Peadar O’Donnell (22 February 1893 – 13 May 1986) was a TD, republican, writer and champion of many radical causes throughout his lifetime. One of nine children born in Meenmore, near An Clochán Liath, County Donegal, his career encompassed trade union militancy, war of independence and civil war service, imprisonment, campaigns against nuclear power and apartheid. O’Donnell was also in Spain during the Spanish civil war, though he was not a combatant.
He opposed the Anglo Irish treaty and was placed in command of the minority anti-treaty 1st Northern Division, and was a member of the IRA executive that occupied the Four Courts in Dublin in defiance of the provisional government.
He was banned from entering the United States for several decades due to his alleged ties to communism, although he maintained: ‘My relations with all the great powers continue to be friendly.’
However, he will be known in Achill for his support of emigrants’ rights following the 1937 Kirkintilloch Bothy Fire which claimed the lives of 10 young migrant workers from Achill. He travelled to Scotland and pushed for better conditions for workers. He kept Achill people and the families of the tragic 10 abreast of his campaign by telegram to Brett’s in Achill Sound signing off his name as “Misneach” or “Courage”.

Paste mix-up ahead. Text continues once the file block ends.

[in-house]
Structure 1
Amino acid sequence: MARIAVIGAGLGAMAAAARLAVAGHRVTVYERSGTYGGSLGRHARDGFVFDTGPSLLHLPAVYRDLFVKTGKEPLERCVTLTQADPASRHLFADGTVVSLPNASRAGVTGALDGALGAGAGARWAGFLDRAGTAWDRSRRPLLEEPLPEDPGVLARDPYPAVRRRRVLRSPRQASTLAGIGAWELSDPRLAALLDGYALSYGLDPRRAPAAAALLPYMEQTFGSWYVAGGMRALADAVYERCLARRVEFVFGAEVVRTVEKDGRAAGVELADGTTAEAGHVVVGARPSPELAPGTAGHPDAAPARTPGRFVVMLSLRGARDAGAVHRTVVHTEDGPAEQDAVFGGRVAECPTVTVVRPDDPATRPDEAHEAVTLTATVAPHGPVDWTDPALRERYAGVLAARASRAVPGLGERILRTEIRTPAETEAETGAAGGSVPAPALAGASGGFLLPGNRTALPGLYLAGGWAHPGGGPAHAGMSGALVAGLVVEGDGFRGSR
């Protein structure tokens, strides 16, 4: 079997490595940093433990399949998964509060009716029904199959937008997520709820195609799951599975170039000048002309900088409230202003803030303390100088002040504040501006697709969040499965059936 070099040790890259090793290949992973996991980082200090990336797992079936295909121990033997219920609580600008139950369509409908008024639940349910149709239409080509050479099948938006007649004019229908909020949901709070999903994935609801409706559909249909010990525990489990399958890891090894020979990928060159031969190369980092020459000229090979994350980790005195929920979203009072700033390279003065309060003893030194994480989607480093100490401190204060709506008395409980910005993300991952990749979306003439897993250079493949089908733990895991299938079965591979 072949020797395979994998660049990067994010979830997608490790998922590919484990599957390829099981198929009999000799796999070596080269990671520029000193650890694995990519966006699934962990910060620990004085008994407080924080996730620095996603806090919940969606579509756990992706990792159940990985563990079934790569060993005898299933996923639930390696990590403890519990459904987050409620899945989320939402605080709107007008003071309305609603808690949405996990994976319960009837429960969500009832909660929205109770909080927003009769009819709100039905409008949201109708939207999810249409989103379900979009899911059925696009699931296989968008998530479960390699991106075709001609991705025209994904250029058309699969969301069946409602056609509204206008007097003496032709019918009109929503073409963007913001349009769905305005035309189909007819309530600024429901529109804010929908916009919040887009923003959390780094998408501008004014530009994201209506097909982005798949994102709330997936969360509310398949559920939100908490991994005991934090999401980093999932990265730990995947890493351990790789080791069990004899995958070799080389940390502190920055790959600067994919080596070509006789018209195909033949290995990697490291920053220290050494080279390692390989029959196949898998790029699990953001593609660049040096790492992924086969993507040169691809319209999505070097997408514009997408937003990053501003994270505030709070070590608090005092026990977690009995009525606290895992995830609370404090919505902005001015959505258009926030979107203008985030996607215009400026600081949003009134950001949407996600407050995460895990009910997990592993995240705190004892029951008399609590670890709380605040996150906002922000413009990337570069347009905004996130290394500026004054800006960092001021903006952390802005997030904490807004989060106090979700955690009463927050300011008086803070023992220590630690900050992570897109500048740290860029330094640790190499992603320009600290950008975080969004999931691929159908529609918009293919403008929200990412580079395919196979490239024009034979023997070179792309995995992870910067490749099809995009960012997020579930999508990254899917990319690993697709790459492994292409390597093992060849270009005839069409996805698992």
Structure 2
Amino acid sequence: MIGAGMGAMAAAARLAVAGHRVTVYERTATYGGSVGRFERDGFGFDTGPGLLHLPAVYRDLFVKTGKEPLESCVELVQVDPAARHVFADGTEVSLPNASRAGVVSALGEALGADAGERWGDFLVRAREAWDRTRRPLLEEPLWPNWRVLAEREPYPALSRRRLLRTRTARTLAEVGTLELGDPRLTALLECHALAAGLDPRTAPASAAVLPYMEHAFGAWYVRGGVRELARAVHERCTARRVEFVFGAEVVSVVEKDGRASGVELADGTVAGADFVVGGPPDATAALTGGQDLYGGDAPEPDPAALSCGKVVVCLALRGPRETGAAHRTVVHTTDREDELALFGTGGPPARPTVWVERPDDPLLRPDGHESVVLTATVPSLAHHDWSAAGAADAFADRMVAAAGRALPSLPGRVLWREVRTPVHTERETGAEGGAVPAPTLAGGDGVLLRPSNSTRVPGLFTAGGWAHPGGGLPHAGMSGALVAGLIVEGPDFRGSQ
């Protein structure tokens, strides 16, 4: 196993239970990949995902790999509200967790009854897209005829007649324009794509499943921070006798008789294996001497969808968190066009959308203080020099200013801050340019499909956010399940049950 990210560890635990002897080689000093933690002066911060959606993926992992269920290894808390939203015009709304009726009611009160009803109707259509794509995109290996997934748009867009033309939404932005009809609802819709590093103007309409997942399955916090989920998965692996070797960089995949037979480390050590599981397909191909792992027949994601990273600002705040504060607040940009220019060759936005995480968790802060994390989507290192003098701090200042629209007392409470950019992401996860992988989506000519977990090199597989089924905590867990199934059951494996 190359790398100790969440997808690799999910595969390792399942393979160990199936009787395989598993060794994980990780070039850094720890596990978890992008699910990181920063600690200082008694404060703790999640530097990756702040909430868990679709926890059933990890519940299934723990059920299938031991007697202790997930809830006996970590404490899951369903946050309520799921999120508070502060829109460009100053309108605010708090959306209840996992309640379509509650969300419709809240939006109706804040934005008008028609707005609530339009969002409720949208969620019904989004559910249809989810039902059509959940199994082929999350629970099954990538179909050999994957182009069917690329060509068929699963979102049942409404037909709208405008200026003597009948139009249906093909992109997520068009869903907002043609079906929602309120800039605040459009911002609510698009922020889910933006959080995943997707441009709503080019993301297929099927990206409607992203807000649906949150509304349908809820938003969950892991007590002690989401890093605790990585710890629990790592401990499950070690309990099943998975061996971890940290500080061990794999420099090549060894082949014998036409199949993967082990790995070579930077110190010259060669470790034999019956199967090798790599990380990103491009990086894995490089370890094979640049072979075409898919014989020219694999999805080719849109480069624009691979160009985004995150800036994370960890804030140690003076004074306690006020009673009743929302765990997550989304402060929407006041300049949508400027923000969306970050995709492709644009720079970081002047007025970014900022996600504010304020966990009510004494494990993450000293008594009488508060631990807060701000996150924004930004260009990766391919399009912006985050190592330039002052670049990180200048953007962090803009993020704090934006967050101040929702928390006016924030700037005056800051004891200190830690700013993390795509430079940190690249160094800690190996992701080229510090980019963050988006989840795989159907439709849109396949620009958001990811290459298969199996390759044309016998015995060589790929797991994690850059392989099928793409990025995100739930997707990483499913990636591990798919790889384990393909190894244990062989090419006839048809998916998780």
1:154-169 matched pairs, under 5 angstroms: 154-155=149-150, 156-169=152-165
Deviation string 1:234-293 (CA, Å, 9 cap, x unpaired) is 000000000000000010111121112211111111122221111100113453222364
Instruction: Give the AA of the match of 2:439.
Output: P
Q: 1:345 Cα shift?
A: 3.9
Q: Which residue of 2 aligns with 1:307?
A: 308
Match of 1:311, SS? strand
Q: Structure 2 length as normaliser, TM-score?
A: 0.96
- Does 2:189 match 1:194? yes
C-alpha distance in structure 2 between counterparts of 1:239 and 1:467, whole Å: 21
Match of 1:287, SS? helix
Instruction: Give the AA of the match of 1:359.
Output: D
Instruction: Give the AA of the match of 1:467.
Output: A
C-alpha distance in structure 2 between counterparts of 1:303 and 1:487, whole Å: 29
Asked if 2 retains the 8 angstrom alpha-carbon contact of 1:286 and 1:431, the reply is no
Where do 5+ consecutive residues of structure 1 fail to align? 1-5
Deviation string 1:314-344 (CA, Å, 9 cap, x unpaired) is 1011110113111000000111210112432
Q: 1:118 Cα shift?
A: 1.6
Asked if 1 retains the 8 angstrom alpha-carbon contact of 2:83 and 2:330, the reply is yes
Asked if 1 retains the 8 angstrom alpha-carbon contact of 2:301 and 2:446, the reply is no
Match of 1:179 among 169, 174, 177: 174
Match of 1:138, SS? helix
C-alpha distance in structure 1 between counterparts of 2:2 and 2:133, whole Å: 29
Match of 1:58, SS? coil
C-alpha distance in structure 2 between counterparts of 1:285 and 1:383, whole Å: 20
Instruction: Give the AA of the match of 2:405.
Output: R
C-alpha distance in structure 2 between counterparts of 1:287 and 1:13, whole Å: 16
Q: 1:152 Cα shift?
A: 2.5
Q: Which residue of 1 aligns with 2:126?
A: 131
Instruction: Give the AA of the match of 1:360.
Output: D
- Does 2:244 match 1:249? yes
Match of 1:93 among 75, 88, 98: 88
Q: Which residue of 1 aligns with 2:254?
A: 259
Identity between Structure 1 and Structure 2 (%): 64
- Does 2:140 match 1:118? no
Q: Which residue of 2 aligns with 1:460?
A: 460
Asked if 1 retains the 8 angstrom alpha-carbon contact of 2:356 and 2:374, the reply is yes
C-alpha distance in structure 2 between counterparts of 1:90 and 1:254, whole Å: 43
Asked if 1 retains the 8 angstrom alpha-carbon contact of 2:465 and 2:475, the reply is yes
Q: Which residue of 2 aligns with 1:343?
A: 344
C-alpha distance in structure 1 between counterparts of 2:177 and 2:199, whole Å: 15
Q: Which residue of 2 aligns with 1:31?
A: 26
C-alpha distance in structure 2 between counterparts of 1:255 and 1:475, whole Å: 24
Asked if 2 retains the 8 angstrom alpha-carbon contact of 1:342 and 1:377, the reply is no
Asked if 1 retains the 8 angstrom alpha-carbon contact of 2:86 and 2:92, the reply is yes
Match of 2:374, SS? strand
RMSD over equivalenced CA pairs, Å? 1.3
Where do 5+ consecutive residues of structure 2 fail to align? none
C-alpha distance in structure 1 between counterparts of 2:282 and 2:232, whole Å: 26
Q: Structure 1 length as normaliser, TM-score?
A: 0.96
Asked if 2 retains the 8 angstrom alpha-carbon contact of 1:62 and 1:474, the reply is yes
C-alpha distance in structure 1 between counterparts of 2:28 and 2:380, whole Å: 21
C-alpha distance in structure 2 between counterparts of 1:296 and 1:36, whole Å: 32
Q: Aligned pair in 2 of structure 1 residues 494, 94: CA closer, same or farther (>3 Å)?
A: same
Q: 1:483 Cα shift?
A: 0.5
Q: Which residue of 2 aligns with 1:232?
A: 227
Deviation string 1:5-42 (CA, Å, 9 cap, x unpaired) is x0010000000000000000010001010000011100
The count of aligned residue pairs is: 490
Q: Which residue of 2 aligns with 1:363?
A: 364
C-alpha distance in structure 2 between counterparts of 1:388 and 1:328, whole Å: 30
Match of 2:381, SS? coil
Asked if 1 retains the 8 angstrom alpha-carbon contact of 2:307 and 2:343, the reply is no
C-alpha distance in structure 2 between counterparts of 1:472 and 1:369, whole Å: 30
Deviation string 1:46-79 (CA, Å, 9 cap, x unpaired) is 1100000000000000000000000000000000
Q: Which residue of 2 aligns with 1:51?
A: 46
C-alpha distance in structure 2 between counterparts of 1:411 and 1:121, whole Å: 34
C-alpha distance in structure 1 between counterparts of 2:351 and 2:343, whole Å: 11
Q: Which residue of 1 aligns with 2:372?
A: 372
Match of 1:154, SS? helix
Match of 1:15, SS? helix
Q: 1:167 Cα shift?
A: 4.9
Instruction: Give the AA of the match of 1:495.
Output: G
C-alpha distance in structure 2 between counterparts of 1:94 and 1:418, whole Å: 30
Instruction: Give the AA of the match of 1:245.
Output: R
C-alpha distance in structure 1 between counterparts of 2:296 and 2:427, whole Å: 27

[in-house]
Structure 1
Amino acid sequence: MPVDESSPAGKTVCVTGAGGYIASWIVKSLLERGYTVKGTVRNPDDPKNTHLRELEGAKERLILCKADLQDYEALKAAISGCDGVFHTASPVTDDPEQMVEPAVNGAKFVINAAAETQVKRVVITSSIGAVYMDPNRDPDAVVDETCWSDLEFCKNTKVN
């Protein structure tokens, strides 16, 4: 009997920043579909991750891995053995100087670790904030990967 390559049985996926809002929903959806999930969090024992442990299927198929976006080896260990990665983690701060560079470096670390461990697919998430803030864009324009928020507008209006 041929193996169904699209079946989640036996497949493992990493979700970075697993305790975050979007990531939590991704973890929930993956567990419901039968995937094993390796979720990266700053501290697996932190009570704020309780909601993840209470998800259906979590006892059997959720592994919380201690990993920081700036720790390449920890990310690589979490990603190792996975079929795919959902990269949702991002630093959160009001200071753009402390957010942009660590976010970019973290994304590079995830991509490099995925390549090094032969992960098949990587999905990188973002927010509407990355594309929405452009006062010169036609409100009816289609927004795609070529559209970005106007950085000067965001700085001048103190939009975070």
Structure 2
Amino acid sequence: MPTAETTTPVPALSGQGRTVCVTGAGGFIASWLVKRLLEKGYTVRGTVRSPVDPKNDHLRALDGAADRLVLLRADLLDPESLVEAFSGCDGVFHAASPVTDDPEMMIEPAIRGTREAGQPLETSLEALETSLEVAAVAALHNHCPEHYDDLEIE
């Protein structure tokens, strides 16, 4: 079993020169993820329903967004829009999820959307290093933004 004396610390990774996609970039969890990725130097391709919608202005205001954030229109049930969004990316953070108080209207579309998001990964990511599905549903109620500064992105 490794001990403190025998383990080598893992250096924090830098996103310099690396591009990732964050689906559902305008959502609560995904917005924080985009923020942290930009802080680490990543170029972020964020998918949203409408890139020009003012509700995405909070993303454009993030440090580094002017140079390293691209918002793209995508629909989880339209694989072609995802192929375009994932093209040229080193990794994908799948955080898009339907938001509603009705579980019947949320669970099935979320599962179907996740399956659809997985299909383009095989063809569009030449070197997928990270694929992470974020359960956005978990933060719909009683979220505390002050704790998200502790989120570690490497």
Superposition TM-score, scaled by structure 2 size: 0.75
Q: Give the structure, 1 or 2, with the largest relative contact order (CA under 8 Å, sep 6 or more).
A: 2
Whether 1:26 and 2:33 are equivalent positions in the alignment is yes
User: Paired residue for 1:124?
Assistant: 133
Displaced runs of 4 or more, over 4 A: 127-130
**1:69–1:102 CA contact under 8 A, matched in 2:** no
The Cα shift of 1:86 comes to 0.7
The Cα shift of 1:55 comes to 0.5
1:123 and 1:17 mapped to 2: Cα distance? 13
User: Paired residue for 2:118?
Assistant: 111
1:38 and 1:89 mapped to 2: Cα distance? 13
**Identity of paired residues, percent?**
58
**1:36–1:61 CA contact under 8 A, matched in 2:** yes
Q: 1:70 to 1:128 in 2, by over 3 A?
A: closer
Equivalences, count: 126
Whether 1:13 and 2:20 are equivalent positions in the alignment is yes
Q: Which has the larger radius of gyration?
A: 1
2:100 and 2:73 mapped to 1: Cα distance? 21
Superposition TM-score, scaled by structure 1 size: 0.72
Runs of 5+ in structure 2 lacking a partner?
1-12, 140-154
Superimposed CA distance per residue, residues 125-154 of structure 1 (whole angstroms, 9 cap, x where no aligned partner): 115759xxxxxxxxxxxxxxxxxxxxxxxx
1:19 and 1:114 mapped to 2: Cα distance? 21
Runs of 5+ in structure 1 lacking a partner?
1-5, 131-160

One local historian has no doubt that President Higgins, who has long been an admirer of O’Donnell, chose ‘Misneach’ as the name for his new dog in tribute to him and his legacy in bringing about real and lasting change for migrant workers.
“It is unthinkable that all this will not bring forth a real effort to better the conditions…”– Peadar O’Donnell speaking in the aftermath of the Kirkintilloch Bothy Fire
“The Tattie Hokers”
His name is featured along with local man Michael McHugh in Michael O’Donnell’s poem “The Tattie Hokers” for their work on the migrant rights of the people of Achill and Donegal:
“‘Twas because we were poor we picked their potatoes, Because we were Irish, we lived in their barns.
But Michael McHugh and Peadar O’Donnell,
Brought a change to the bothies, a new era was born.”
You can read the full poem here
After several months of ill-health following a heart-attack, O’Donnell died in Dublin, aged 93, on 13th May 1986. He was cremated in Glasnevin and his ashes were buried at his wife’s home in Swinford, Co. Mayo.
He once remarked how the majority of the causes he fought for ended in failure, however his fight for the migrant worker yielded success
Although O’Donnell once remarked that every cause he fought for was a failure, he is now regarded as one of the most influential socialist republican theorists and an important voice of dissent in twentieth-century Ireland.
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